Today is the anniversary of one of the most important dates in the history of fiction. James Joyce’s novel Ulysses, one of the 20th century’s most important and most controversial novels, takes place on one day: June 16, 1904. The novel tracks the day in the life of three characters, Leopold Bloom, his wife Molly Bloom, and Stephen Dedalus, as they walk the streets of Dublin, Ireland.
Although the book is set in Dublin, the characters and events parallel Homer’s Greek epic the Odyssey. But Ulysses is not written in verse nor a traditional prose style; instead, Joyce’s novel employs stream of consciousness narration, where instead of moving in a linear fashion, the story flows from the impressions, random thoughts, sensations, and associations of the characters. In an attempt to imitate the natural flow of the characters’ thoughts and dialogue, Joyce omitted conventional punctuation. This, along with the novel’s many allusions to history and literature, make the novel notoriously hard to read.
Here is a brief excerpt of the opening of the novel:
STATELY, PLUMP BUCK MULLIGAN CAME FROM THE STAIRHEAD, bearing a bowl of lather on which a mirror and a razor lay crossed. A yellow dressing gown, ungirdled, was sustained gently-behind him by the mild morning air. He held the bowl aloft and intoned:–
Introibo ad altare Dei.
Halted, he peered down the dark winding stairs and called up coarsely:
— Come up, Kinch. Come up, you fearful jesuit.
Solemnly he came forward and mounted the round gunrest. He faced about and blessed gravely thrice the tower, the surrounding country and the awaking mountains. Then, catching sight of Stephen Dedalus, he bent towards him and made rapid crosses in the air, gurgling in his throat and shaking his head. Stephen Dedalus, displeased and sleepy, leaned his arms on the top of the staircase and looked coldly at the shaking gurgling face that blessed him, equine in its length, and at the light untonsured hair, grained and hued like pale oak.
Even before Ulysses was published, it stirred up controversy because of its sexual passages. The novel was banned in the United States until 1933 when a New York judge ruled that the book was not obscene.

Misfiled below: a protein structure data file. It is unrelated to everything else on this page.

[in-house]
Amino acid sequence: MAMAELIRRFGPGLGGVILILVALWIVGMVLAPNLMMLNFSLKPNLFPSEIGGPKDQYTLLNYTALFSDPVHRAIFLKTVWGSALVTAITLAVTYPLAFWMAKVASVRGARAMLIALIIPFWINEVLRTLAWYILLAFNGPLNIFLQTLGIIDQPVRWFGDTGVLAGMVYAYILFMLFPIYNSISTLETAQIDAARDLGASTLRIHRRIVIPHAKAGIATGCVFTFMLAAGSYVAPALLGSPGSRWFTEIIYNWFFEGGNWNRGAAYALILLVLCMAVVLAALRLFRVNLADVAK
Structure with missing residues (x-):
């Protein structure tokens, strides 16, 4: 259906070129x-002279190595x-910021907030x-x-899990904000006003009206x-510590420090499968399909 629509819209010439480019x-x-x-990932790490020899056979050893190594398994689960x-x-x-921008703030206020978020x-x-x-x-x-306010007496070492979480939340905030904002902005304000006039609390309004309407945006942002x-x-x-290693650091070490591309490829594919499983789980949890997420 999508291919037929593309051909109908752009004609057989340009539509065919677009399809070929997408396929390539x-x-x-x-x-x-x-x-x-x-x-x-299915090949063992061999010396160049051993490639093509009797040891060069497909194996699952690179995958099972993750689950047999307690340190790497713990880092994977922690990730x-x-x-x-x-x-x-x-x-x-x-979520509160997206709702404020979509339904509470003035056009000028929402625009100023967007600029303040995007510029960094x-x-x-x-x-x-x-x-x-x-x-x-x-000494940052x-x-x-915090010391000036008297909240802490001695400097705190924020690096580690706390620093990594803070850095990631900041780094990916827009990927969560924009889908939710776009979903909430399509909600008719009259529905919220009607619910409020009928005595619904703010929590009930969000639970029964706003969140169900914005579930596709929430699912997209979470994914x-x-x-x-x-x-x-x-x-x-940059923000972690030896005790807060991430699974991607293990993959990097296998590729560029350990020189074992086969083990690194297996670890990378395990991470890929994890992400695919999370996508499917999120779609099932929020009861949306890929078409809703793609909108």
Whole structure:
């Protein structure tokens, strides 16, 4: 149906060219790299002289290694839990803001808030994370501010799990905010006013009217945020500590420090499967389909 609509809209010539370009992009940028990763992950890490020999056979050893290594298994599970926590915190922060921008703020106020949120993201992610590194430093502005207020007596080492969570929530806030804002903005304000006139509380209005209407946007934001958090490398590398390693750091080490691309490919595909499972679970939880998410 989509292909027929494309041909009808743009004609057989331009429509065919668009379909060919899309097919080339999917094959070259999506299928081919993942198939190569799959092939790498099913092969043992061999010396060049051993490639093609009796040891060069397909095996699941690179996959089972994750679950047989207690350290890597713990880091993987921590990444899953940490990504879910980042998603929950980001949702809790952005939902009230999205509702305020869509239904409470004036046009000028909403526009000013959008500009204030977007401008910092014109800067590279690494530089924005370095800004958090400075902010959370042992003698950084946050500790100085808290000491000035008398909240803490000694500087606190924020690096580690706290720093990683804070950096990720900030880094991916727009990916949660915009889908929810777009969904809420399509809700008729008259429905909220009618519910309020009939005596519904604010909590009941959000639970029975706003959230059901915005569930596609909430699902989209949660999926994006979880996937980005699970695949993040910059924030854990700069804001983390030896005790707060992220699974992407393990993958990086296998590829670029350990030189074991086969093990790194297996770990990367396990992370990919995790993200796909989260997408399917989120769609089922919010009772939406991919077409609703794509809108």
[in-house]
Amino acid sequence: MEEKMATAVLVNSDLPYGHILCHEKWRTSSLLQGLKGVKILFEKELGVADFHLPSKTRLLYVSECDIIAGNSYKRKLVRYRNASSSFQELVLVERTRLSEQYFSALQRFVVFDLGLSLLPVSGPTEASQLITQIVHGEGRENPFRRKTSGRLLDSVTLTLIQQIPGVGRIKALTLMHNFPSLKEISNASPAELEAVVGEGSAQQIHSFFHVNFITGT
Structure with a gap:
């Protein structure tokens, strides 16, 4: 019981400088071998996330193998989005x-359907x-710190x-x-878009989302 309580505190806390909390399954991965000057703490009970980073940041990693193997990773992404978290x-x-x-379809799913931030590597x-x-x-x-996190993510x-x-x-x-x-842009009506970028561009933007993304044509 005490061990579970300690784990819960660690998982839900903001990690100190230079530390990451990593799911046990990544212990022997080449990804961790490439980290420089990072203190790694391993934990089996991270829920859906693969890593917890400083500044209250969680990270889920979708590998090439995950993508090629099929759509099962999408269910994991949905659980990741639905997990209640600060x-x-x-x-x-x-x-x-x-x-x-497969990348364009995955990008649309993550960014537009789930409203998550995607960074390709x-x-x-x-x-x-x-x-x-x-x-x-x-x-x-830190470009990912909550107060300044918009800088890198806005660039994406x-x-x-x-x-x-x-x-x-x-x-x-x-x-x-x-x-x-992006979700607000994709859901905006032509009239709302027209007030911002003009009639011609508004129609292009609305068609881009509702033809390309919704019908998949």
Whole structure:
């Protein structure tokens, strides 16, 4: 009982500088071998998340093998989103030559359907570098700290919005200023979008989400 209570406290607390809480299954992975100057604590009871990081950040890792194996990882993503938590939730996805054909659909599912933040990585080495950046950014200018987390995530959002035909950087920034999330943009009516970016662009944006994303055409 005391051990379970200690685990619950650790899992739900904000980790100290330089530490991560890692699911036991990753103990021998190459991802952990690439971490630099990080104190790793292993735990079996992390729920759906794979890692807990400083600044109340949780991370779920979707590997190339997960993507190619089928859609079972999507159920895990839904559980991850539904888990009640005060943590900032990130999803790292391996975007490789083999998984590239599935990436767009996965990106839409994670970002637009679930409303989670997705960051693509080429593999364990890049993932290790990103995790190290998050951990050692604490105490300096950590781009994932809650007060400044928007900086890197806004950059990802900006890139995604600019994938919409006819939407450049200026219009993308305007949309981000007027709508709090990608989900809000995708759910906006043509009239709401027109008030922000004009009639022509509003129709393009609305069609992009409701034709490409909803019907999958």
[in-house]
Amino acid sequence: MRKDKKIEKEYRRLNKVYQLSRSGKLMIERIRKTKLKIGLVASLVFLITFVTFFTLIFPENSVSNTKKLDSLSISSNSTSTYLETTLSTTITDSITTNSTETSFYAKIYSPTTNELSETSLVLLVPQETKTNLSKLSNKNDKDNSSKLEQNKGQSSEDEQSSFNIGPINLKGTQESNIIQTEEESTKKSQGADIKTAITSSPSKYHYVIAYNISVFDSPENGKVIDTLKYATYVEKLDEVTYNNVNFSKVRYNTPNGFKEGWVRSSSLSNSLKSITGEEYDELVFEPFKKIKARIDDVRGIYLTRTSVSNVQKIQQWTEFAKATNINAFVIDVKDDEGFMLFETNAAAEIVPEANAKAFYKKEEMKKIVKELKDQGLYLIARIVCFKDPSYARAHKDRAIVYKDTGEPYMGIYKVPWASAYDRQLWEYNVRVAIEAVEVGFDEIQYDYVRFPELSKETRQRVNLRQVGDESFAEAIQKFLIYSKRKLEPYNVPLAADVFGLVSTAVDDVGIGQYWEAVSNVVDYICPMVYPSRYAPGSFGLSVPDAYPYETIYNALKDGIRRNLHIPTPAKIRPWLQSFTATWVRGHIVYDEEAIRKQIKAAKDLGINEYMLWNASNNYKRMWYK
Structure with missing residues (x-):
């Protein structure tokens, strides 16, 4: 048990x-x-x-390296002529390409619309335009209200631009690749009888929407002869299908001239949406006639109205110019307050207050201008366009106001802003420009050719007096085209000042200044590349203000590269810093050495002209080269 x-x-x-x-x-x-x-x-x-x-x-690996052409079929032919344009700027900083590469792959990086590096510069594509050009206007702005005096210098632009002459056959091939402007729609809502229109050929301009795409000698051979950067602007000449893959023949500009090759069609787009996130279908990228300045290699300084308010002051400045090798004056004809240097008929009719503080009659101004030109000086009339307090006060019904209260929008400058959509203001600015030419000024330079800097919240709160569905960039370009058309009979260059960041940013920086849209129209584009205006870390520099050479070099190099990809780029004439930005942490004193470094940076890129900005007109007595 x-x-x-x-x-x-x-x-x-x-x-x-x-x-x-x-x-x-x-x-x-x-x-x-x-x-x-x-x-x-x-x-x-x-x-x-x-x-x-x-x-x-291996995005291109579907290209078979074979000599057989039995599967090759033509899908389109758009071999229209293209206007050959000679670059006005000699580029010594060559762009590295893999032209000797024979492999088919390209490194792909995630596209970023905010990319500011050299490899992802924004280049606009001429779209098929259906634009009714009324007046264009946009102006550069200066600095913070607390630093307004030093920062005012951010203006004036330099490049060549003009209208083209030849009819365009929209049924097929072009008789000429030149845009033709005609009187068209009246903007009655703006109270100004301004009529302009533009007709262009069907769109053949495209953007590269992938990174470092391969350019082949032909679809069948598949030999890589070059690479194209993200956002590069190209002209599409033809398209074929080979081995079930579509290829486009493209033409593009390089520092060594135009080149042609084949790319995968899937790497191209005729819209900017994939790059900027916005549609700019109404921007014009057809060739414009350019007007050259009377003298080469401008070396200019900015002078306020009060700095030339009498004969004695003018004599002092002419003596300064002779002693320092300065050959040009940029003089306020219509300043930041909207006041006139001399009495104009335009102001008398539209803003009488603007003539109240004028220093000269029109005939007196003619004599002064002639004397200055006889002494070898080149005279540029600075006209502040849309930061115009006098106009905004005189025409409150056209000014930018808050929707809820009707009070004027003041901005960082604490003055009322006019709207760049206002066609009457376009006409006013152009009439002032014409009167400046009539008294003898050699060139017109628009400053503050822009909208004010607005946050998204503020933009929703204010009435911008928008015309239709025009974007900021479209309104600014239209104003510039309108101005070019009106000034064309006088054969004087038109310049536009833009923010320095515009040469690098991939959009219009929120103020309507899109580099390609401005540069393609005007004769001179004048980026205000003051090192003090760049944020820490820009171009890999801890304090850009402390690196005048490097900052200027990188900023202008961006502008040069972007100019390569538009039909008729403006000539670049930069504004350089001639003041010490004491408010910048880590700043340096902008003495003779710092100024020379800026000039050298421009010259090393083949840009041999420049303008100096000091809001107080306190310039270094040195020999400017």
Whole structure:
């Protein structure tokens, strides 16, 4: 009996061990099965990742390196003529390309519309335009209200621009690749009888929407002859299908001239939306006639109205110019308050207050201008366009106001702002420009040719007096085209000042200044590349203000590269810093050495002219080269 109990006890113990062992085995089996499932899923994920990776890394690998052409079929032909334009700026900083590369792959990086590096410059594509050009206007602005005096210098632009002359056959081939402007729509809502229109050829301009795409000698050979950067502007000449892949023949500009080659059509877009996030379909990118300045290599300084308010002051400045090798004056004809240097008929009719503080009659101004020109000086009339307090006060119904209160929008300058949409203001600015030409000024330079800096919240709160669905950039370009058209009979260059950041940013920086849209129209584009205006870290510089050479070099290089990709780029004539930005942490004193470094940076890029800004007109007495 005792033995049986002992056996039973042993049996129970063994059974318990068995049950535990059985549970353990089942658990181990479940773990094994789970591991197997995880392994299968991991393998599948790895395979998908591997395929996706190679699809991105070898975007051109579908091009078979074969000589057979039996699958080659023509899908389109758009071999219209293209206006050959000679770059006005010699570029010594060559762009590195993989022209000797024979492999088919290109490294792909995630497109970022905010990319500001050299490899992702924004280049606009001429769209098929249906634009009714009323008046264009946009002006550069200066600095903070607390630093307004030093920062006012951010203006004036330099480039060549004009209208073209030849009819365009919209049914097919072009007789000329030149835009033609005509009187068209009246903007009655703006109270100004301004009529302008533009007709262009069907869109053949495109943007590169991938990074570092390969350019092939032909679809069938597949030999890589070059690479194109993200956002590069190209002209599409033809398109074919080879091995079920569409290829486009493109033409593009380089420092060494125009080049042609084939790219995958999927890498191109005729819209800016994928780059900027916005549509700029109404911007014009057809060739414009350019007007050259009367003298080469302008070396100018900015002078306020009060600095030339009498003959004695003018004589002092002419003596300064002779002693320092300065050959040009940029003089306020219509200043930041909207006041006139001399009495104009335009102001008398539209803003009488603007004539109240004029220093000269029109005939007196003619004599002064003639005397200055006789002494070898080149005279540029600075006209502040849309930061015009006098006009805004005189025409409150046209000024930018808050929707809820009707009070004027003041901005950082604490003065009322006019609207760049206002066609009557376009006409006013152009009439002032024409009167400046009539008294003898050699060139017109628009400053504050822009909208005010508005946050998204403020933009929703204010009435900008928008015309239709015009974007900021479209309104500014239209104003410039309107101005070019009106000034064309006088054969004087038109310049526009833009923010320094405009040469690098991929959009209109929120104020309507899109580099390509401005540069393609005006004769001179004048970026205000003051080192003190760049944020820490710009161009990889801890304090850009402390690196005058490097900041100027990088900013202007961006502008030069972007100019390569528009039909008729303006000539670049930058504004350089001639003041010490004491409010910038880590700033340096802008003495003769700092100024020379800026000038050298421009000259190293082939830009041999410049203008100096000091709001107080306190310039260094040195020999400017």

Born in Dublin in 1882, Joyce attended Catholic schools in Ireland and earned a degree in Latin. This probably explains his selection of the name of Ulysses for his protagonist, since Ulysses is the Roman name for the main character in Homer’s epic poem, while Odysseus is the Greek name (1).
June 16 is a date where fans of Joyce hold public readings of Ulysses, and in Dublin, fans retrace the steps of the book’s characters.
One resource traces 365 days of “events that did not really happen.” It’s called The Book of Fictional Days by Bob Gordon. Gordon’s book ties each day of the year to events from fiction and film.
Today’s Challenge: What and When It Didn’t Happen
What are the most memorable events from fiction? If you could memorialize one specific event from fiction on one specific day, what would it be? Select one unforgettable fictional moment in a book you love. You may not know the exact day, but describe the specific event, what happened, and why you think it is so memorable. For example, in Harper Lee’s novel To Kill a Mockingbird the climactic events of the novel’s final chapter — Chapter 31 — occur on Halloween night. Bob Ewell attacks Scout and Jem. Boo saves the children and stabs Ewell. After seeing Boo in the flesh for the first time, Scout escorts him home.
The following are some additional fictional dates and events from The Book of Fictional Days (2).
January 12: HAL 9000 becomes operational in 2001: A Space Odyssey.
February 1: Willy Wonka gives a tour of his chocolate factory.
February 14: Sam Baldwin and Annie Reed meet at the Empire State Building in Sleepless in Seattle.
February 26: James Leer shoots Poe (Professor Grady Tripp’s lover’s husband’s dog) in Wonder Boys.
May 1: Bilbo Baggins and Gandalf return to Rivendell and the house of Elrond in The Hobbit.
May 15: Horton the elephant hears a small noise in Horton Hears a Who.
June 3: Billy Joe McAllister jumps off the Tallahatchie Bridge.
June 19: Mark Twain’s Connecticut Yankee arrives in Camelot (1528).
(Common Core Writing 2 – Expository)
Quotation of the Day: I want to give a picture of Dublin so complete that if the city suddenly disappeared from the earth it could be reconstructed out of my book. -James Joyce
1 – Raftery, Miriam. 100 Books That Shaped World History. San Mateo, CA: Bluewood Books, 2002.
2 – Gordon, Bob. The Book of Fictional Days: A Collection of Events That Did Not Really Happen. Korea: Tide-mark Press Ltd., 2003. http://lithub.com/50-fictional-days-immortalized-in-literature/